I’ve either put these tips into practice in my own life or can confirm that other people have. People rarely talk about these practices in public because there is a certain amount of shame and embarrassment about telling people you work less.

 

Advice on working remotely Paul shares include:

  • The morning routine
  • Asynchronous communication
  • The bi-modal workday
  • Expectations of motivation

 

Read the full article, Don’t Follow this Advice on Working Remotely, on the Boundless website.

 

 

Jared Simmons explains why simplifying assumptions could be the key to unlocking value faster and freeing up your knowledge workers to innovate.

I learned the power of simplifying assumptions early in my career. As an engineering student, I watched my professors fill boards with Greek letters and symbols, exponents and integrals, constants and variables. Then, in the last 10 minutes of class we worked a real problem together. The first step of solving the real problem was always to use the context of the problem to apply simplifying assumptions to the theoretical equation. Things like material composition, physical location, and scale let us whittle that complex equation down to a more manageable size. Essentially, they allowed us to build real, specific things based on universal theories. Because we understood the theory behind it, we could quickly identify the right simplifying assumptions for each new practical application. An hour in understanding, 10 minutes in practical application.

 

The two main points discussed in this article are:

  • Barriers to applying simplifying assumptions at work
  • Why simplification matters

 

Read the full article, The power of simplifying assumptions, on the Outlast website. 

 

 

Recently, there has been much discussion about the value of play for helping creative ideas flourish, but Kaihan Krippendorff shares examples of play at work and provides 10 ways to inject play into your organization. 

In the 1830s, an artist and tinkerer, Samuel Morse, directed his curiosity to a question few had considered before. Numerous scientists and inventors across the globe were working on the problem of how to communicate across long distances more quickly.

At the time, information could travel only as fast as a human could. Ink on paper would be rushed to its recipient by horse, later by canal, later by steam engine. Each innovation accelerated the speed of communication, but none could break the limitations that physics put on the written word.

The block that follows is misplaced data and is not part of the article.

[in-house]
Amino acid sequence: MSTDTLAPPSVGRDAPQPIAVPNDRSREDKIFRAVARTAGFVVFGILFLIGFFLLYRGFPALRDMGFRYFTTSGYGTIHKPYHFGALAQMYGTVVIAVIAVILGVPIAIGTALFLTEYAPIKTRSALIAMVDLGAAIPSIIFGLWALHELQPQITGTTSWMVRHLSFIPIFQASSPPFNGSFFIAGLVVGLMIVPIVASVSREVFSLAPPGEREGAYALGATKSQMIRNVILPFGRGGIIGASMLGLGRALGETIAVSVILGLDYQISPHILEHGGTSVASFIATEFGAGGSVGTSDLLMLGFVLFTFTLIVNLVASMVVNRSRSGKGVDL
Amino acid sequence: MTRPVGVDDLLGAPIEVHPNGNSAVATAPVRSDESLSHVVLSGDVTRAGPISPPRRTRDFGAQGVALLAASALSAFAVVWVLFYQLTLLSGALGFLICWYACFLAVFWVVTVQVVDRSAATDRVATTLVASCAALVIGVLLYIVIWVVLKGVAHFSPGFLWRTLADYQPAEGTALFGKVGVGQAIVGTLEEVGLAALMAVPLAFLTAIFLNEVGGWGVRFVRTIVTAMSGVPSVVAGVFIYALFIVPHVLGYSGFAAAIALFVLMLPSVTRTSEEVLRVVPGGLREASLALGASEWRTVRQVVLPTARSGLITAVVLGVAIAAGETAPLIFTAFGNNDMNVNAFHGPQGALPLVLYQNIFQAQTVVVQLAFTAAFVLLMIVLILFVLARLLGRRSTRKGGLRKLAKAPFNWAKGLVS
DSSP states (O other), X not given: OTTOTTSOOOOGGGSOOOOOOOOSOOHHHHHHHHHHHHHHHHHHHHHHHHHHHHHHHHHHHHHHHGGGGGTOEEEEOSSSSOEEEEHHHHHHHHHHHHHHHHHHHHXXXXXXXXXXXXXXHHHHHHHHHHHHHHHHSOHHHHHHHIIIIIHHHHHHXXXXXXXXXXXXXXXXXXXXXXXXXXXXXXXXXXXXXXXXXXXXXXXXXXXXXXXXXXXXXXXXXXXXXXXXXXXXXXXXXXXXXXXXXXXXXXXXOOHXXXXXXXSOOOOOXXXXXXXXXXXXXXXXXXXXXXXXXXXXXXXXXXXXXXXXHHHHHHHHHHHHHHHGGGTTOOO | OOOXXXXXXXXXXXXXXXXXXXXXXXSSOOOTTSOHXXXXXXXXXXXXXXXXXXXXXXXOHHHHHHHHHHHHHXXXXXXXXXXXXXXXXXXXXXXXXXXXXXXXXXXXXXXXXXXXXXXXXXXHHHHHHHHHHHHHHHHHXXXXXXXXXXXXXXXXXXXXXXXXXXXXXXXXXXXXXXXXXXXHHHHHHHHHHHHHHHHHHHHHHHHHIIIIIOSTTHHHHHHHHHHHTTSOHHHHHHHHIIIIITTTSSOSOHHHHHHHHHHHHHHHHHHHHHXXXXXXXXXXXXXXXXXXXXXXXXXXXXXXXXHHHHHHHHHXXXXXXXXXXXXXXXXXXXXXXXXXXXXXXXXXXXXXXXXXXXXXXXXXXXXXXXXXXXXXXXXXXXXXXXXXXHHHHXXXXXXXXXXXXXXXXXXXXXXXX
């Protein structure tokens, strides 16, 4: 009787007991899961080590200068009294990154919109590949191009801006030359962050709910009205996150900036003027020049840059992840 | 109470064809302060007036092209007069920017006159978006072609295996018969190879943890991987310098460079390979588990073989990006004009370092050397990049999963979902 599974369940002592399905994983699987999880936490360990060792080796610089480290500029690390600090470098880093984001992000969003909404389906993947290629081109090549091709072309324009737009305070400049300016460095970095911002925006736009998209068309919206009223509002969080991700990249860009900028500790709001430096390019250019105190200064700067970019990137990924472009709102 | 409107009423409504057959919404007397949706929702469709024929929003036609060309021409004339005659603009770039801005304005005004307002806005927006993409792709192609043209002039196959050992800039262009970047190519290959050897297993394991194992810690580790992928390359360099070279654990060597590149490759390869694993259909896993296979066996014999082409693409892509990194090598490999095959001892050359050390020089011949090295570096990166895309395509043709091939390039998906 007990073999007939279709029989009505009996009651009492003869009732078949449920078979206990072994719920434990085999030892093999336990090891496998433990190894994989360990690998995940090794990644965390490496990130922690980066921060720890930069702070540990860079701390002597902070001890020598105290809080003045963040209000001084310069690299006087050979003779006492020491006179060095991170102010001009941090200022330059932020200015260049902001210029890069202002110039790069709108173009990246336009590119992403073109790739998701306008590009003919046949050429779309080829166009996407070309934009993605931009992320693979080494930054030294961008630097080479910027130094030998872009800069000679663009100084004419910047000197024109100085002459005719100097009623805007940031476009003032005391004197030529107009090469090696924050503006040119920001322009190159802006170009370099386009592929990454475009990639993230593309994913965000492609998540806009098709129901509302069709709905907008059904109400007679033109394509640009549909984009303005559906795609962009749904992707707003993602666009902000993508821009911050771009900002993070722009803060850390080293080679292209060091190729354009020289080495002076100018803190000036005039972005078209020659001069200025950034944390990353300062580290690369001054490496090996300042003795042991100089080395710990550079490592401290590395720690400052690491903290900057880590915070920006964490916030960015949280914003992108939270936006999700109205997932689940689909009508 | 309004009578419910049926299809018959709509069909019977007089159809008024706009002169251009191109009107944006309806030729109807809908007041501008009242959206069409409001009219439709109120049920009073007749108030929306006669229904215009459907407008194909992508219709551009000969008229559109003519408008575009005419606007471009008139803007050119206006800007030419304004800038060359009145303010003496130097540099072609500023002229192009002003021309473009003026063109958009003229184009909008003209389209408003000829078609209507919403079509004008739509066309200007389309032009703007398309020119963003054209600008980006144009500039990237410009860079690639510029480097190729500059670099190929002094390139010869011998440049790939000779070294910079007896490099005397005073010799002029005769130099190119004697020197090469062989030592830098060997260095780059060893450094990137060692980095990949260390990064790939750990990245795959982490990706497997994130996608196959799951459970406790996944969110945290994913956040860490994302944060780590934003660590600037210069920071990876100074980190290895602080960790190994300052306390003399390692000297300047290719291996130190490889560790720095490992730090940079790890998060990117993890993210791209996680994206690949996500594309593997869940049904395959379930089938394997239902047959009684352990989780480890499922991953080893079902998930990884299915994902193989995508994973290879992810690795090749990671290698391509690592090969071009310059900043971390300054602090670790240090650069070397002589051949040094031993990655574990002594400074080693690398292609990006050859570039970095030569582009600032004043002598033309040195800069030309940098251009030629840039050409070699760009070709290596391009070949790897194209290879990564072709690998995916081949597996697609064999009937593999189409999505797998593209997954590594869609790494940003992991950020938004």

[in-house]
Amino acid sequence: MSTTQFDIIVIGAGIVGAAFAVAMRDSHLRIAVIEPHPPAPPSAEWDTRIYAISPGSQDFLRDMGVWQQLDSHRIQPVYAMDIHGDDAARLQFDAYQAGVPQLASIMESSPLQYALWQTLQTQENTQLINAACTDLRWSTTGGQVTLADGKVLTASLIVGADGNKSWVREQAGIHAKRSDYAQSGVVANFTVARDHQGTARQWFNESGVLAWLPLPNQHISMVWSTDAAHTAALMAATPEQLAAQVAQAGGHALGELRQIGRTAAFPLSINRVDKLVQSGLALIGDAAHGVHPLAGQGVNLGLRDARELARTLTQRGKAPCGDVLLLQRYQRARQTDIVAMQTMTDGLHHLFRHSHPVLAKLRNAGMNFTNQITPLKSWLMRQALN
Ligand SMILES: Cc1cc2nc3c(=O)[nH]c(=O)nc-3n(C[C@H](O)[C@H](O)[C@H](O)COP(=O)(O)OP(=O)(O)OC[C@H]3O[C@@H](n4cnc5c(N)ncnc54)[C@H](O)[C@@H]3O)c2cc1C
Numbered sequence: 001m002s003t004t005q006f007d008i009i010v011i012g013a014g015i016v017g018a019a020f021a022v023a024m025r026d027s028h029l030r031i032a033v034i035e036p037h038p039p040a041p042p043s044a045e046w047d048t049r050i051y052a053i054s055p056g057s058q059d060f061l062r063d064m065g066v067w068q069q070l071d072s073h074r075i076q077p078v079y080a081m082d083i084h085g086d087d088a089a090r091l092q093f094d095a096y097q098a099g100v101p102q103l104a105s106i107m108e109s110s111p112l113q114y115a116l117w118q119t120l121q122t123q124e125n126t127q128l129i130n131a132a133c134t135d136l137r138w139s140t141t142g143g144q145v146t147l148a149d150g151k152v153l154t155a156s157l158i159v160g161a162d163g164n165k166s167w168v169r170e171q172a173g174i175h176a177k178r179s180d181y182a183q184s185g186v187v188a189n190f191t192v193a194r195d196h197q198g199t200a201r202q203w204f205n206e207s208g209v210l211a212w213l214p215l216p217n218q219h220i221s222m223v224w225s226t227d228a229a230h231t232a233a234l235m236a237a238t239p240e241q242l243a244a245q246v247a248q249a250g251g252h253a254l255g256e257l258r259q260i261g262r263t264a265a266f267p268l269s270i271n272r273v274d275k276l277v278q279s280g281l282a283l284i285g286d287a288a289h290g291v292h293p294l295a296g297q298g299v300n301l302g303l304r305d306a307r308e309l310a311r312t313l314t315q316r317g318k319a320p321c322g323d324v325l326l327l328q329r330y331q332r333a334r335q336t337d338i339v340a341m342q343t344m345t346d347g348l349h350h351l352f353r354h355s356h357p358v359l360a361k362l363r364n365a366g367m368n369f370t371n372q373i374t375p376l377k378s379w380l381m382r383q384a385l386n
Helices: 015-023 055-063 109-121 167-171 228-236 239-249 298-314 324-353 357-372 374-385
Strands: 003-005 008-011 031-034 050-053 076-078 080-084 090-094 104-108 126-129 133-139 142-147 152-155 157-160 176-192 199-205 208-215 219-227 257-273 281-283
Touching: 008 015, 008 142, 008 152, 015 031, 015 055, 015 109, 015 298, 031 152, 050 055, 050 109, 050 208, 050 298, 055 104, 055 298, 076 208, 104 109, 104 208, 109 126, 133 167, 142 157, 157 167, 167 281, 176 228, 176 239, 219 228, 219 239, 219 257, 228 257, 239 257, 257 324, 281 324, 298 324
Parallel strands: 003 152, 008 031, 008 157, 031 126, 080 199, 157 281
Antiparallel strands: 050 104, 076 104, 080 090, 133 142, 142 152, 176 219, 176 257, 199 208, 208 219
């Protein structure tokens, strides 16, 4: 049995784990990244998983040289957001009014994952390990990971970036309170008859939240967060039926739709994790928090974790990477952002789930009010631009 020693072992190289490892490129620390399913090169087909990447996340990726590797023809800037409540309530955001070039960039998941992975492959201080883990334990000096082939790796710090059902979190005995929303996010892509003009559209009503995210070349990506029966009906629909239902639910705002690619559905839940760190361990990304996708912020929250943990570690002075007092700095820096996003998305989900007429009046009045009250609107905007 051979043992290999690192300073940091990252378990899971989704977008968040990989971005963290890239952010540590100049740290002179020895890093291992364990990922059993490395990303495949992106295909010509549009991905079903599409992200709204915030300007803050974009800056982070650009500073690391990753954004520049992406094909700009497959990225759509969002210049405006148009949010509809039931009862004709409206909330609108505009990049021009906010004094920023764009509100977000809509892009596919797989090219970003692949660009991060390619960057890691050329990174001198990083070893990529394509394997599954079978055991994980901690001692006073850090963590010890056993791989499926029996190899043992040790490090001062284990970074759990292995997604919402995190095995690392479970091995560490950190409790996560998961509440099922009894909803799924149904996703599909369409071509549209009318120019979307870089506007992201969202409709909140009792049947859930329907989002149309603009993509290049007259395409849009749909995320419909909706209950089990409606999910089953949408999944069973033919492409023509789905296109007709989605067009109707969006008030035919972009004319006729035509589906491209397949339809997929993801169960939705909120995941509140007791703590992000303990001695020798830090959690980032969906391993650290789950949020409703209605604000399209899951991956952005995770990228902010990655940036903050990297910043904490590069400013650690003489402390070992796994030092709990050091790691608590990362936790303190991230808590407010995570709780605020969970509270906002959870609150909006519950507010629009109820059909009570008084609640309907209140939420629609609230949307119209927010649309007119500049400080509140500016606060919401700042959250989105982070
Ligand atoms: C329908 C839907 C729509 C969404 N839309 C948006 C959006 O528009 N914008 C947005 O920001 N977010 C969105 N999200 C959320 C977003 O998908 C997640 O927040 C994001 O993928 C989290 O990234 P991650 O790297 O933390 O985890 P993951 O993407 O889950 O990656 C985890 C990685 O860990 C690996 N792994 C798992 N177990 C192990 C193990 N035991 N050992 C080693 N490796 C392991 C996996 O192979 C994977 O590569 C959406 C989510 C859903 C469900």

While scientists and inventors around the world worked on plans that could accelerate the speed of communication (e.g., one team was working on a system of telescopes and flashing lights dotted across land), Morse approached the challenge from an artistic bent. He was more curious about the physical experience humans had in trying to decipher and make sense of blinks, how to paint signals onto paper.

 

Areas of interest in this article include:

  • Revving up the speed of communication
  • A painter inspired by play
  • Play your way to a breakthrough
  • You can’t have success without failure
  • 10 ways to inject play

 

Read the full article, Play: The Source of Innovation, on Kaihan’s website. 

 

 

With so much press about how our technological habits create disconnection, Hugo Bernier explains how technology also gives people the tools and access to build connections.

I work crazy hours. To top it off, I commute a total of 3 hours every day. When I get home from work, I’m usually exhausted. 

One of my guilty pleasures is to play a video game with my kids. When they were younger, we’d play one of the many Lego games on Xbox. Now, we tend to play Halo or Call of Duty. 

Regardless of the age difference between my kids and me, the little buggers are worthy adversaries. They might even be better than me– but don’t tell them I said that.

I love that in the video game world, we’re able to play as equals. We’re sometimes teammates, partners, and sometimes enemies. We celebrate each other’s victories and tease each other’s failures.

In a household with three people diagnosed with an autism spectrum disorder, breaking barriers of communication and making emotional connections can sometimes be hard. Video games are one of the ways that we can connect.

 

The technology discussed in this article:

  • The Xbox Adaptive Controller (XAC)
  • The Logitech Adaptive Gaming Kit

 

Read the full article, Leveling the Playing Field with Accessibility, on the Tahoe Ninjas website.

 

 

Jesse Jacoby taps into a common pain point in today’s business operations — the vague or misunderstood email — and provides an easy solution to overcome the problem. 

Connecting with coworkers, clients and customers has never been easier. Gone are the days when we had to drive across town to chat with someone in a different office. When we run into a challenge or have a question regarding our work, we have a plethora of communication tools at our fingertips: email, text, instant messaging, and the list goes on.

Yet, how many times have you received an email response or stared at a text feeling more frustrated and confused than when you started. In today’s fast paced world of electronic exchange, messages can easily be misinterpreted, and emotions can escalate quickly as a result. A curt interaction, even when softened with a cheerful emoticon, can really strike a nerve. Now, not only do you still have that lingering challenge to face or question to answer, you also have to manage the mounting frustration and annoyance attached to it.

 

Read the full article, Assume Positive Intent, in the Emergent Journal.